As the nation pauses Jan. 16 to celebrate the legacy of Martin Luther King, Jr., a civic-minded group in Alpena has once again planned related activities to foster an appreciation of diversity.
This local observance of Martin Luther King, Jr. Day starts off Sunday with a panel discussion of current college students on diversity in high school and after high school. The discussion will be moderated by Dr. Greg Adamus and followed by a chili supper to benefit the Wash Your Coat project.
On the actual holiday, the film "King" and a discussion led by Alpena Community College faculty member Matt Dunckel will take place. Also on Jan. 16, a presentation will be given by Adamus on the newly dedicated monument in Washington, D.C. that honors King.
The Chinese sculptor, Lei Yixin, chose a special pink granite that gives a flesh-colored uniqueness to the MLK statue, said Dr. Greg Adamus, who recently toured the monument in Washington, D.C. and will give a presentation about it on Jan. 16. It took 45 days and a passage through the Panama Canal to ship the 159 pieces from China to Baltimore.
"As a member of the Martin Luther King, Jr. committee and a member of the Building Bridges Group, I am surrounded by people who care about diversity in this community," said Dottie Haase. "All of us want to share the richness that comes from appreciating those of different races and those of different religions."
According to Adamus, the committee's original intent this year was to build a celebration around the fact the nation now has a new MLK national monument. Adamus was "commissioned" by his fellow committee members to travel to D.C. and explore the monument. He will be sharing some of his more than 200 photos and his indepth observations regarding this new monument.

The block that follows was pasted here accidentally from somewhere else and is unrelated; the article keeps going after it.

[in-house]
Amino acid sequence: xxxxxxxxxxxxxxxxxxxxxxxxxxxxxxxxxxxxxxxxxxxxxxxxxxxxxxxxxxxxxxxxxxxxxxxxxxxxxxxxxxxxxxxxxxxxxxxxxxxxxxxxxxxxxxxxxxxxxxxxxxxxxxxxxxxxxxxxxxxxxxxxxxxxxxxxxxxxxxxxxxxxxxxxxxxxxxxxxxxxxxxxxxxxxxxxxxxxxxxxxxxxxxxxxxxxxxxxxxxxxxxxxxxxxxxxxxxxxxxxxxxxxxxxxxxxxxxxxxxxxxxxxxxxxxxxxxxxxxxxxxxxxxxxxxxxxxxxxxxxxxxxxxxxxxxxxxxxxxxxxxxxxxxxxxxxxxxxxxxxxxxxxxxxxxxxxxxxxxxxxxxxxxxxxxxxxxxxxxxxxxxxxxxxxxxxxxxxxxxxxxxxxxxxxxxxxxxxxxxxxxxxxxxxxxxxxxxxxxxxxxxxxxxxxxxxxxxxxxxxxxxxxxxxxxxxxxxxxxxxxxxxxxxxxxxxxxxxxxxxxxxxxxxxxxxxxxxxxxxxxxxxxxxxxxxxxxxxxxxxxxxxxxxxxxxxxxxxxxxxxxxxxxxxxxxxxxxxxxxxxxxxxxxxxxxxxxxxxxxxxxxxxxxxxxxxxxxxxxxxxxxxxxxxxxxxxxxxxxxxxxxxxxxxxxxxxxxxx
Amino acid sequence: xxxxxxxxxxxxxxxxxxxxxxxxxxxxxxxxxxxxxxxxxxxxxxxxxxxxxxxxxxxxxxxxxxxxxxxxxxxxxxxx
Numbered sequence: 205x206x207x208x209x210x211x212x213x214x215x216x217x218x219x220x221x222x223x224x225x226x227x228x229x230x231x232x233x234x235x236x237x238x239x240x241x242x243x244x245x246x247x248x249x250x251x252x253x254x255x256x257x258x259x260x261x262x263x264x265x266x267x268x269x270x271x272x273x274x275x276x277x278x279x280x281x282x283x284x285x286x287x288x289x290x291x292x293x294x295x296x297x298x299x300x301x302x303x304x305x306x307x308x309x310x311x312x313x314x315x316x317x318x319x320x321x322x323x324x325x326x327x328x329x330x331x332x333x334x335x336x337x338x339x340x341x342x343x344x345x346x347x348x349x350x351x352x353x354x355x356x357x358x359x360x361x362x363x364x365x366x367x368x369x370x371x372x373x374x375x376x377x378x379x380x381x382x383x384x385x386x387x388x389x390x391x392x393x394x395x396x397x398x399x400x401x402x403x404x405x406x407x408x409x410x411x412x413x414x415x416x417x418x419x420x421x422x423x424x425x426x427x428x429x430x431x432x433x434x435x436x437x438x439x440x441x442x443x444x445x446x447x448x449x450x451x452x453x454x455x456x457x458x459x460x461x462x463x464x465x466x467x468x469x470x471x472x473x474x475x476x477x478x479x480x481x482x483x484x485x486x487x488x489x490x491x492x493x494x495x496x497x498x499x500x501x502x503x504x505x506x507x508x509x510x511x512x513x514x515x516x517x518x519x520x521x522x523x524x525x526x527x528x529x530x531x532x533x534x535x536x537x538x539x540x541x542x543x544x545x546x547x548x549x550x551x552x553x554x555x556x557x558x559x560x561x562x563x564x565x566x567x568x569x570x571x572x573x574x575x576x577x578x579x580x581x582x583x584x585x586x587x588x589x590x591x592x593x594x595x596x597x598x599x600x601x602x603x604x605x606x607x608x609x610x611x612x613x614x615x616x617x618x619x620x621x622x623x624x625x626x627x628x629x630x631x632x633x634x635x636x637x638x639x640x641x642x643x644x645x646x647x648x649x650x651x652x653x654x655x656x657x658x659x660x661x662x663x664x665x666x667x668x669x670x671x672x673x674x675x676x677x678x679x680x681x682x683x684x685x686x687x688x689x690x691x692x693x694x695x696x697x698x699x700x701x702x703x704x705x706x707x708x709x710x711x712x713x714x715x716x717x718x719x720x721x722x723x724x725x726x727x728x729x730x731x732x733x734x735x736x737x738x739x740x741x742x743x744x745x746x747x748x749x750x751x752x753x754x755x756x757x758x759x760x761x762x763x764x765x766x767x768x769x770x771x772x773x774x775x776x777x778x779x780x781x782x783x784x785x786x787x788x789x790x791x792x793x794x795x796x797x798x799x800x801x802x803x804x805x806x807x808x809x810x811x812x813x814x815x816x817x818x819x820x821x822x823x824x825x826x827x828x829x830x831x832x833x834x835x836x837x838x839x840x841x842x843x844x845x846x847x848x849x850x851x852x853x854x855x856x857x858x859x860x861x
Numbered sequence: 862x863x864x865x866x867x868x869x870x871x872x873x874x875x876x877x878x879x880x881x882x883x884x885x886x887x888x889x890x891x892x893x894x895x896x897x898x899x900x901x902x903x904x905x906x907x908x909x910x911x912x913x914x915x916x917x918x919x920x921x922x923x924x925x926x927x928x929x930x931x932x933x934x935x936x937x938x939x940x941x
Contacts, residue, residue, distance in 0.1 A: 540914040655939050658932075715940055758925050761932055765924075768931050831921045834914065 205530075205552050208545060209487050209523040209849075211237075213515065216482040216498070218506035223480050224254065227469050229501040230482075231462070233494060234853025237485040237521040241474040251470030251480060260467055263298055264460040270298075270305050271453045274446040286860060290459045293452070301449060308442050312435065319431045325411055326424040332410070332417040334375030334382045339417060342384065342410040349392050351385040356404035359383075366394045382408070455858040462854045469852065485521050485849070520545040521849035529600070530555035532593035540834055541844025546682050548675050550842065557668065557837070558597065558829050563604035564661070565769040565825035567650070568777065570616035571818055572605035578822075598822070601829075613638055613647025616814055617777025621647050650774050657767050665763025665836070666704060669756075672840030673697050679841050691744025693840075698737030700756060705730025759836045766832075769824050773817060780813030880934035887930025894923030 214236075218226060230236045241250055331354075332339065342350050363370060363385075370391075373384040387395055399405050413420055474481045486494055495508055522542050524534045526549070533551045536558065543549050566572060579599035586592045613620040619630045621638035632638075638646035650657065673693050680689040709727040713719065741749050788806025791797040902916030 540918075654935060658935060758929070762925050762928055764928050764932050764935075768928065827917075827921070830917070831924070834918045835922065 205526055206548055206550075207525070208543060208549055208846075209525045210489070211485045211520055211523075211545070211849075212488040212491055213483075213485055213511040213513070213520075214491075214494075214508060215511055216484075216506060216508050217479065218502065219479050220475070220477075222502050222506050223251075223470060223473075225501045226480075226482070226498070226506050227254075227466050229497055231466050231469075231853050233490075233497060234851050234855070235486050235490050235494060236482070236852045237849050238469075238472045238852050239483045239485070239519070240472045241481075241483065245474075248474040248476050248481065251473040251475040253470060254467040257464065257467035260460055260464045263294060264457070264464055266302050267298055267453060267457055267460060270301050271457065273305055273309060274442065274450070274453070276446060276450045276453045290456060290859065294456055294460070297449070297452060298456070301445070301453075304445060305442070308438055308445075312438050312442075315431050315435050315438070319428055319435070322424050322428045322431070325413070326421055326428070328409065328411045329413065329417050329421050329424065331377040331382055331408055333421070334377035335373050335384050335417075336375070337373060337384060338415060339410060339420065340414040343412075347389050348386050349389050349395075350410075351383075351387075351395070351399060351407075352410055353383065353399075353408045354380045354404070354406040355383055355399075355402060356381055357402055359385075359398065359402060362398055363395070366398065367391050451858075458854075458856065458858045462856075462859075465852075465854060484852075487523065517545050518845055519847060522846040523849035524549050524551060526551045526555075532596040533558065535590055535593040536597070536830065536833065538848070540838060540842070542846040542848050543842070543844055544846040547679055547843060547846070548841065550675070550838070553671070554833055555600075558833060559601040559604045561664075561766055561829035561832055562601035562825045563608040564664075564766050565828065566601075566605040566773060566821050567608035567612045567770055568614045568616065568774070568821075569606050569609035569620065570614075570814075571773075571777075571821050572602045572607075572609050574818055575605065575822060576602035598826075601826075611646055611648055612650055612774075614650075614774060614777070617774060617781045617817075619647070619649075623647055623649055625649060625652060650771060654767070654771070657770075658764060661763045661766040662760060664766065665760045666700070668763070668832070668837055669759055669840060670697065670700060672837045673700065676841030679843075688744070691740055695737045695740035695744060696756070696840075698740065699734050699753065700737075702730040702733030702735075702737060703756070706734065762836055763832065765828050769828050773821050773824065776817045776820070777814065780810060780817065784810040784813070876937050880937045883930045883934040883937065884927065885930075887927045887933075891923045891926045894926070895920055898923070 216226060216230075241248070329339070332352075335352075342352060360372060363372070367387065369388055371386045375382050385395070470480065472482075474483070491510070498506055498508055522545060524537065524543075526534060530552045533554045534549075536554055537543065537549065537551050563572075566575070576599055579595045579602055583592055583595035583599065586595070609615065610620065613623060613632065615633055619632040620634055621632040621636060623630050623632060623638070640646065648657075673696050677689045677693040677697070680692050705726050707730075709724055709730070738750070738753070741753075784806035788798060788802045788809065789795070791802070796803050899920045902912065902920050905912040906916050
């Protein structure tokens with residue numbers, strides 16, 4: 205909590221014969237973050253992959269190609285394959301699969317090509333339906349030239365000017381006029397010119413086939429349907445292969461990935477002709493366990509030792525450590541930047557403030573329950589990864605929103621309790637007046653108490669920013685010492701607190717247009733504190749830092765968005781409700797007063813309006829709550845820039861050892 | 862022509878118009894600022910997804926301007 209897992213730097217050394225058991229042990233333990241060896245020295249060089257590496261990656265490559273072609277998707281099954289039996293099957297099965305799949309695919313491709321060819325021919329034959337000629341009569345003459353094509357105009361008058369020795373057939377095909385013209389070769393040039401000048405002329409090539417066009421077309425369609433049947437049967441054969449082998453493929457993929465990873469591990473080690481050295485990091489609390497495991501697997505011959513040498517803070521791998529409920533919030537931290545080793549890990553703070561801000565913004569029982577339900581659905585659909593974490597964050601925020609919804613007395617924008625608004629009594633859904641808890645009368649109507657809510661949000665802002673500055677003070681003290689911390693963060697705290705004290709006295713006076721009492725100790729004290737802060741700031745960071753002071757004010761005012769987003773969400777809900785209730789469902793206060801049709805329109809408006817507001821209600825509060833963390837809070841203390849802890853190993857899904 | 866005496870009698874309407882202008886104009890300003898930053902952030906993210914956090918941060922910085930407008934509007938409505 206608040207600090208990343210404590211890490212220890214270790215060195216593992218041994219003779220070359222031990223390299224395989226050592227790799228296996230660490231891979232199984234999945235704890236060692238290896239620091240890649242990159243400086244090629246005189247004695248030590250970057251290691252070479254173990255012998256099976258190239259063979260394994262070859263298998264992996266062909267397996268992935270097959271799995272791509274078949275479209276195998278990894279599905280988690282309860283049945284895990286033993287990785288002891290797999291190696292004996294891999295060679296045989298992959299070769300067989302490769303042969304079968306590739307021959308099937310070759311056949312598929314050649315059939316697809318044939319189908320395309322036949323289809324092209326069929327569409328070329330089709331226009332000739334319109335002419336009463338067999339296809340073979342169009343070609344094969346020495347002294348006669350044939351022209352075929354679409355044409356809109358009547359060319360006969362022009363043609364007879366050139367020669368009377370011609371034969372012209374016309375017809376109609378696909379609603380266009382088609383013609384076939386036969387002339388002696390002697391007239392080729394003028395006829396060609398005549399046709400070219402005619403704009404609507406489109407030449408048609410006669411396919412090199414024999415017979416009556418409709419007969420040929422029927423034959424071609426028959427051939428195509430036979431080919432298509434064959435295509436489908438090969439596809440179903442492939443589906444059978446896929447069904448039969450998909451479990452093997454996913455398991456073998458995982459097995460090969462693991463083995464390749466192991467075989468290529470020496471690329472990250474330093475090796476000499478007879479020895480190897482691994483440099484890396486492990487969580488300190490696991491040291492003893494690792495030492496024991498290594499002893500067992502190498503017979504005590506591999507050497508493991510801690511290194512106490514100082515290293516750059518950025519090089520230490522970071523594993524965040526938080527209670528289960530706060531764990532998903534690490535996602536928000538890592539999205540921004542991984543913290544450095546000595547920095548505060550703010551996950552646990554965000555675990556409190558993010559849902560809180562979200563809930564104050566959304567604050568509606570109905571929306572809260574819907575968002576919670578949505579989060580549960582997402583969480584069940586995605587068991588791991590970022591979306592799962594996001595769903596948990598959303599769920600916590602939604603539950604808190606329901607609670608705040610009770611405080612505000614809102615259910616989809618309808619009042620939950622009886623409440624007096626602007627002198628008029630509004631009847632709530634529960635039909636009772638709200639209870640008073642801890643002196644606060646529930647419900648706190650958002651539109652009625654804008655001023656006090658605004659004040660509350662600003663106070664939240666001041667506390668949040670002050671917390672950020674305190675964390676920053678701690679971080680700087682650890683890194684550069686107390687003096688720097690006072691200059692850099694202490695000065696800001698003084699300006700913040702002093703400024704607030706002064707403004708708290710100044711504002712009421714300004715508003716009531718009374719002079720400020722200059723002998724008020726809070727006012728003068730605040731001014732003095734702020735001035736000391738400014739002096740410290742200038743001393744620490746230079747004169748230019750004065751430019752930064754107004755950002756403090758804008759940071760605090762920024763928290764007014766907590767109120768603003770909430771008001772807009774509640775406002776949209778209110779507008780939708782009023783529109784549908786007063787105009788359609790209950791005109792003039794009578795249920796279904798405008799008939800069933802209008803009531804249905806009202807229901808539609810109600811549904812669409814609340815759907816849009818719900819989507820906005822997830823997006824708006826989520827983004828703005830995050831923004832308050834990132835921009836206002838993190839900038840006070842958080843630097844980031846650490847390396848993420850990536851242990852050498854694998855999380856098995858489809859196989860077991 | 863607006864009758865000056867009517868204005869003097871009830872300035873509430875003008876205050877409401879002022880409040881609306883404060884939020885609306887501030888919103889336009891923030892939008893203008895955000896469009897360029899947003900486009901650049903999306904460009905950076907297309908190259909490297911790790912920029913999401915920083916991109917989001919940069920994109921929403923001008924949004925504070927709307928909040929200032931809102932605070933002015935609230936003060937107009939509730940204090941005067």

What Adamus discovered was a connection the monument has with China, a country where he spent part of 2011 teaching. The monument was sculpted by a Chinese artist, and the pink granite used was actually quarried out of China and shipped here.
King, Jr. Day activities:
- Diversity: Then and Now Sunday, 2-4 p.m., St. Paul Lutheran Church
Dr. Greg Adamus will moderate a panel of current college students in a discussion of diversity in high school and after high school. The panel includes both students from ACC and students from AHS who are currently enrolled in area colleges.
- Chili Supper to benefit Wash Your Coat Sunday, 4 p.m., St. Paul Lutheran Church
Tickets available at the door at $8 for adults, $4 for students and children under 12. Last year, nearly $1,000 was raised so those in need could use Ton of Suds Laundromat for free.
- "King" film and discussion Monday, 2-4 p.m., ACC Center Building, 104 "King" film and discussion led by ACC faculty member Matt Dunckel. In the film, newsman Tom Brokaw interviews King as well as associates from the civil rights campaigns and contemporary figures.
- A New Memorial Monday, 7 p.m. ACC Natural Resource Center, 101